Is the Supply Chain the Next Big Cyberattack Target?


Cyberattacks are consistently among the top risks that most concern global executives. Yet there are ways to defend your organization, and your supply chain, from cybercriminals.

Cyber incidents are among the top three concerns for businesses, according to the Allianz Risk Barometer 2022. And hackers exploit the interconnectedness of enterprises and their suppliers to gain access to IT-systems. How can you protect your operations and your supply chains from cyberattacks? Read on to find out. 

1. How cyberattacks affect cybersecurity

Cybersecurity serves to protect digital networks from attacks aimed at infiltrating IT-systems. Such cyber incidents, driven by advanced software and often powered by bots, are increasingly aggressive and complex. As hackers attack with ever-evolving forms of entry, cybersecurity must stay one step ahead of the growing cyber risk. Yet according to a recent report by online protection provider McAfee, only about half of organizations have plans for preventing or responding to cyber incidents. 


Threats to your enterprise, such as digital strikes and intrusion, are joined by user negligence or error. Phishing (pretending to be a legitimate source), baiting (using false promise of reward), pretexting (using lies to get sensitive information) are just three types of cyberattacks that fool recipients into opening links or providing personal data.  

2. Are hackers a threat to the global supply chain?

Hackers, also called threat actors, commonly seek access to enterprise systems through the weakest link in the supply chain. These tend to be businesses in the sub-tiers, who may not have the knowledge or resources for robust cybersecurity. Suppliers often have access to their customers’ networks, for example, via supplier portals. They then unknowingly provide the point of entry for cybercriminals.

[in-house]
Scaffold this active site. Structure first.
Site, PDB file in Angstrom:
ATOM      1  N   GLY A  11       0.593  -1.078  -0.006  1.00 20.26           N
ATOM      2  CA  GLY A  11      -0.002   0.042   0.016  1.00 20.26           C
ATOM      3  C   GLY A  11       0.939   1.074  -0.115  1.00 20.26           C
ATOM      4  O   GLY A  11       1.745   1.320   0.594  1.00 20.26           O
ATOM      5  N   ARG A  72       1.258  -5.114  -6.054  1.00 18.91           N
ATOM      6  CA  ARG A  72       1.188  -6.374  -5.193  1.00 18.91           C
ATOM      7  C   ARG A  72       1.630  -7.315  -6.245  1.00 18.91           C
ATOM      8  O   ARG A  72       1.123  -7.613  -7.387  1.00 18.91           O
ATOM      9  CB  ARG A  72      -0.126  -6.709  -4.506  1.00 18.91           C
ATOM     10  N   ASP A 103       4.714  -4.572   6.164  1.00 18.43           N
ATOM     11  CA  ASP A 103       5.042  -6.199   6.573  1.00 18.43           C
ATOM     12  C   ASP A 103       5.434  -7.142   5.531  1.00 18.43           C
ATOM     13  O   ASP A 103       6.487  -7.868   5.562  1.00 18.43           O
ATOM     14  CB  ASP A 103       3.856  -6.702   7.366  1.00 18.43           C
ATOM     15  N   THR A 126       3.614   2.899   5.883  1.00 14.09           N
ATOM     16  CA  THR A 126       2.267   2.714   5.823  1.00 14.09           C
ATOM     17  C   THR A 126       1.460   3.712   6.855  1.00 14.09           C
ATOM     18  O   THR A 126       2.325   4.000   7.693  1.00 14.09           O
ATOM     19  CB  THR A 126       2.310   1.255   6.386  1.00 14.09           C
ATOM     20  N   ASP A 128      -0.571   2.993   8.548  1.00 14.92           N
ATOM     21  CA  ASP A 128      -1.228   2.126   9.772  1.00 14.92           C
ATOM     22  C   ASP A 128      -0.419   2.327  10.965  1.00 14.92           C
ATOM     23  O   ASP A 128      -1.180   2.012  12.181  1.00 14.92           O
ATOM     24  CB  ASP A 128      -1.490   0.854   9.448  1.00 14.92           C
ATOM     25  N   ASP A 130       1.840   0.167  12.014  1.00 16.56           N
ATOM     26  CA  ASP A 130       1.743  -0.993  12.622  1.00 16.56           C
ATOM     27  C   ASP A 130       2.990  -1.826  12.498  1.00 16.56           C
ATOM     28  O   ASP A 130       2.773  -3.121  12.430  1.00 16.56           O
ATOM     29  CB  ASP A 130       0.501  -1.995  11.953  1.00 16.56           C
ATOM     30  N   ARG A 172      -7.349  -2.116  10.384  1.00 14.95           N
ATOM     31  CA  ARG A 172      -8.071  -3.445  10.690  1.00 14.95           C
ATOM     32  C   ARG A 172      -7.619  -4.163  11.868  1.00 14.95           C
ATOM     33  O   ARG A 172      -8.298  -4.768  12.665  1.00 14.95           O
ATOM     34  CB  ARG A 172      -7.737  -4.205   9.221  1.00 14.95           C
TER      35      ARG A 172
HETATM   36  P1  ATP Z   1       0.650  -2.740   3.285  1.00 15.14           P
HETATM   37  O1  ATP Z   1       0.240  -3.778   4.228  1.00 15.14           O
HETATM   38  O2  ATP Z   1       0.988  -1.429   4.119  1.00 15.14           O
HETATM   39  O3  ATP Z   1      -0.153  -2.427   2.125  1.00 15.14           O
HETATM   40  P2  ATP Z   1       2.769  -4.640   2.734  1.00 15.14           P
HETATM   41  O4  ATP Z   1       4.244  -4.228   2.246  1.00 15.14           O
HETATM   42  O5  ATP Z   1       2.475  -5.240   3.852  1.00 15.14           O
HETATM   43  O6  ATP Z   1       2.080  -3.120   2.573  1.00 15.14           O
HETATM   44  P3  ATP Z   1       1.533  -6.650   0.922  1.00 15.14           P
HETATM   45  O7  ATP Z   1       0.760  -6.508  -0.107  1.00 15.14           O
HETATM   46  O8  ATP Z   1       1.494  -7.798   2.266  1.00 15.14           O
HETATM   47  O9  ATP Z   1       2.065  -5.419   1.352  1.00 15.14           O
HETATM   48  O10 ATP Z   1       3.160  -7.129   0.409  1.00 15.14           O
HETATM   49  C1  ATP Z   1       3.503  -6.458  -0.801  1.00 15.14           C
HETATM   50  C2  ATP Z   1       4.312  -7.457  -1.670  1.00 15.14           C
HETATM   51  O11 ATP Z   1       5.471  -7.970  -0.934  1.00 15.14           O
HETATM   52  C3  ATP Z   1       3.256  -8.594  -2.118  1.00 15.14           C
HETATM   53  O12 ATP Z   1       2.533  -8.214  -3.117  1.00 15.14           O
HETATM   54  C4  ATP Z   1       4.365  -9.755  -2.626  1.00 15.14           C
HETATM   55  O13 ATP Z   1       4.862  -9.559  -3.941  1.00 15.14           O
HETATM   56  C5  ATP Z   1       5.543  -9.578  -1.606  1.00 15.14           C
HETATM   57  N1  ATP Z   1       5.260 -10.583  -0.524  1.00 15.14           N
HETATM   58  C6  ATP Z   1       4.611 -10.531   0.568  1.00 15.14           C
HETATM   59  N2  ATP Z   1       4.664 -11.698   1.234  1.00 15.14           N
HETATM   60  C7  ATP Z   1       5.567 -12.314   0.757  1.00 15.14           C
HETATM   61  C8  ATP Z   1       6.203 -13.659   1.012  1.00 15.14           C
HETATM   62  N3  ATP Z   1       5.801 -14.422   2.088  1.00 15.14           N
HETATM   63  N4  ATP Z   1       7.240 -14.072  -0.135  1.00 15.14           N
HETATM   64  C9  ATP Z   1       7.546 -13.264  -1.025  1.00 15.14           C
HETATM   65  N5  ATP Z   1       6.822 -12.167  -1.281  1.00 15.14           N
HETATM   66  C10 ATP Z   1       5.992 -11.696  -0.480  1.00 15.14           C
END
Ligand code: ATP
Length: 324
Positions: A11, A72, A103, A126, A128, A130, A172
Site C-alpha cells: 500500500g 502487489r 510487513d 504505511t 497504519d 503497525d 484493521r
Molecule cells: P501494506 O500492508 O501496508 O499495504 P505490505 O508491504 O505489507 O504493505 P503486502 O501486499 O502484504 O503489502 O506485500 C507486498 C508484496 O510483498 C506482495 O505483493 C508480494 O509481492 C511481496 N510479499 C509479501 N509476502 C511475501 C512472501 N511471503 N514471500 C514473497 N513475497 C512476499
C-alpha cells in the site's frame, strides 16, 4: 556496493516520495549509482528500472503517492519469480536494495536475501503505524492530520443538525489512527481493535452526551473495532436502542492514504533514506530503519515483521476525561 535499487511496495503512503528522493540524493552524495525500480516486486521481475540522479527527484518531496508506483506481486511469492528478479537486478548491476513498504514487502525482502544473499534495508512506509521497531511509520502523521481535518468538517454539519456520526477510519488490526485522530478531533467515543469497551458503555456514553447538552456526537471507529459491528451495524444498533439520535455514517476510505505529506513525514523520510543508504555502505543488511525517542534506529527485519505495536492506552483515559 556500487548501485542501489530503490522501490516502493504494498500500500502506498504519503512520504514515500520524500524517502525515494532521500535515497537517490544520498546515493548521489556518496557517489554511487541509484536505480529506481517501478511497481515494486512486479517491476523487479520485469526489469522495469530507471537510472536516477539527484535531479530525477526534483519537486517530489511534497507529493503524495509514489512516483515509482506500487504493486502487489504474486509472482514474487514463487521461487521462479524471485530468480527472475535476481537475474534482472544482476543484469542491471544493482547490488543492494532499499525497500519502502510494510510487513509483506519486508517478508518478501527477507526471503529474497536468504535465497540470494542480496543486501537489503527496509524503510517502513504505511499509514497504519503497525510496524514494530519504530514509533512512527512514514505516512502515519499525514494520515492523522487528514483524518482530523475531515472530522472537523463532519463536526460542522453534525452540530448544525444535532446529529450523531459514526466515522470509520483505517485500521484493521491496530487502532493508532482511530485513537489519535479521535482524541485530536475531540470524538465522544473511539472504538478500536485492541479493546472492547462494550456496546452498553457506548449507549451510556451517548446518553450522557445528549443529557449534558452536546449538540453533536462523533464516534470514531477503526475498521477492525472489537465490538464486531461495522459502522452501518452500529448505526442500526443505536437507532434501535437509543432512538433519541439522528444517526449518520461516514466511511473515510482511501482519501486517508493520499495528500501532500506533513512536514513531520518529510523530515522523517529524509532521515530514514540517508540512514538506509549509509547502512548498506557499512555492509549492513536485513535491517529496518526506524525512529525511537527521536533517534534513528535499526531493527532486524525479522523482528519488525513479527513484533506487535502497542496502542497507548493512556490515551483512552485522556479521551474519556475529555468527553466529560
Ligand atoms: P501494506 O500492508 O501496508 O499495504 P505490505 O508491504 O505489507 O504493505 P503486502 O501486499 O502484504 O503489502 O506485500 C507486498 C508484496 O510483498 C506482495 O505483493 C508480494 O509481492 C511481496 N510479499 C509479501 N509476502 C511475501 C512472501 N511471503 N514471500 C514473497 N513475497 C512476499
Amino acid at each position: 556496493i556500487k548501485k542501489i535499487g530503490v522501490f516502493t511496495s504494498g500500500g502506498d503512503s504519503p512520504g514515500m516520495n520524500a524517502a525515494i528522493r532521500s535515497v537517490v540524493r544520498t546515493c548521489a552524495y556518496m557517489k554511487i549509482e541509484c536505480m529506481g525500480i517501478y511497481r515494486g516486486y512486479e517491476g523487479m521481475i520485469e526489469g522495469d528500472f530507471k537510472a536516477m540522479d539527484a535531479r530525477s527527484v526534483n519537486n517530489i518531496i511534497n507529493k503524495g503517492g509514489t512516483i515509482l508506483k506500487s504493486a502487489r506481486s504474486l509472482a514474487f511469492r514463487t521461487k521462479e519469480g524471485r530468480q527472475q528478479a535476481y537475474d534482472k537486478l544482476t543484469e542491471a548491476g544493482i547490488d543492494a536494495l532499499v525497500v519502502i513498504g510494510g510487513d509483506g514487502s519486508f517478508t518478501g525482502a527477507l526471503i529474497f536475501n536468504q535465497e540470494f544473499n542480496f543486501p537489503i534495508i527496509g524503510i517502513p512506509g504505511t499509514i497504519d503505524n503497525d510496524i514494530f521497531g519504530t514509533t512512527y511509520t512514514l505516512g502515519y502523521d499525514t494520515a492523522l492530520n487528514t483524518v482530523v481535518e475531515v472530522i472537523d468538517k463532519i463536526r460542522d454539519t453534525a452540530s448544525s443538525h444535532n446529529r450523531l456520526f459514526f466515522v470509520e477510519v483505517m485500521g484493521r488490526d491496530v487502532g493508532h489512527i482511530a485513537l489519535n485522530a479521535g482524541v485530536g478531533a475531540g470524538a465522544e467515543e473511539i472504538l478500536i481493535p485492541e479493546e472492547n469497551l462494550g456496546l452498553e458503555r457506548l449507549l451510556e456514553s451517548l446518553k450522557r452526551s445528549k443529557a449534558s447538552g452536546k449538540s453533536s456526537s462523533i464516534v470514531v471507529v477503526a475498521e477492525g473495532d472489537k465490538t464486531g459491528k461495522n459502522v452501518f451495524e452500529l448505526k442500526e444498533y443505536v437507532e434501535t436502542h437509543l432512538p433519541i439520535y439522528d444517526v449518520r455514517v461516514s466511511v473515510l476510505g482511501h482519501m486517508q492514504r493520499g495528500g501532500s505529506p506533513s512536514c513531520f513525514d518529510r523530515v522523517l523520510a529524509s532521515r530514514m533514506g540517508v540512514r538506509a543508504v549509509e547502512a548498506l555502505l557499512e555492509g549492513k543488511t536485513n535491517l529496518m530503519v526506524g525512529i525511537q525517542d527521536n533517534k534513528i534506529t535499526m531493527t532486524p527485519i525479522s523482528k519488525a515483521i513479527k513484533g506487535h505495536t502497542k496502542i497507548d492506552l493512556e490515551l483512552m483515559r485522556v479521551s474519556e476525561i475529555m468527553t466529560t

According to a 2021 report by the EU Agency for Cybersecurity, ENISA, some 62% of the attacks on customers took advantage of their trust in their supplier. If one of your business partners is targeted in a supply chain cyberattack, your enterprise could be the main target. Increasingly, ransomware attacks hit supply chains, to improve threat actors’ chances of getting into the infrastructures of large companies. Attackers steal confidential data or code, then demand large sums of money to keep it unpublished. 

3. What is cyber supply chain risk management?

In short, cyber supply chain risk management begins with identifying where risk exists among suppliers and in the supply chain. Robust cybersecurity of your own IT-system is no longer enough. For greater supply chain security, you also must determine whether your suppliers have sufficient  technology, processes, and programs in place.  



  • Secure your own infrastructure through technology (such firewalls) and cybersecurity training (secure practices and passwords, for example) 
  • Assess cyber risk of partners during sourcing or evaluation. Conduct audits or verify cybersecurity systems and certificates. 
  • Continually monitor your supply base for cyber incidents. 
  • Understand vulnerabilities by gaining visibility across the sub-tiers. Assess the impact of cyber threats. 

Once you have established a process for identifying risk, you’ll need to prepare a set of actions to enable quick response to cyber incidents. Then if a key supplier has suffered a data breach, for example, and confidential information is stolen, you can react faster with appropriate actions.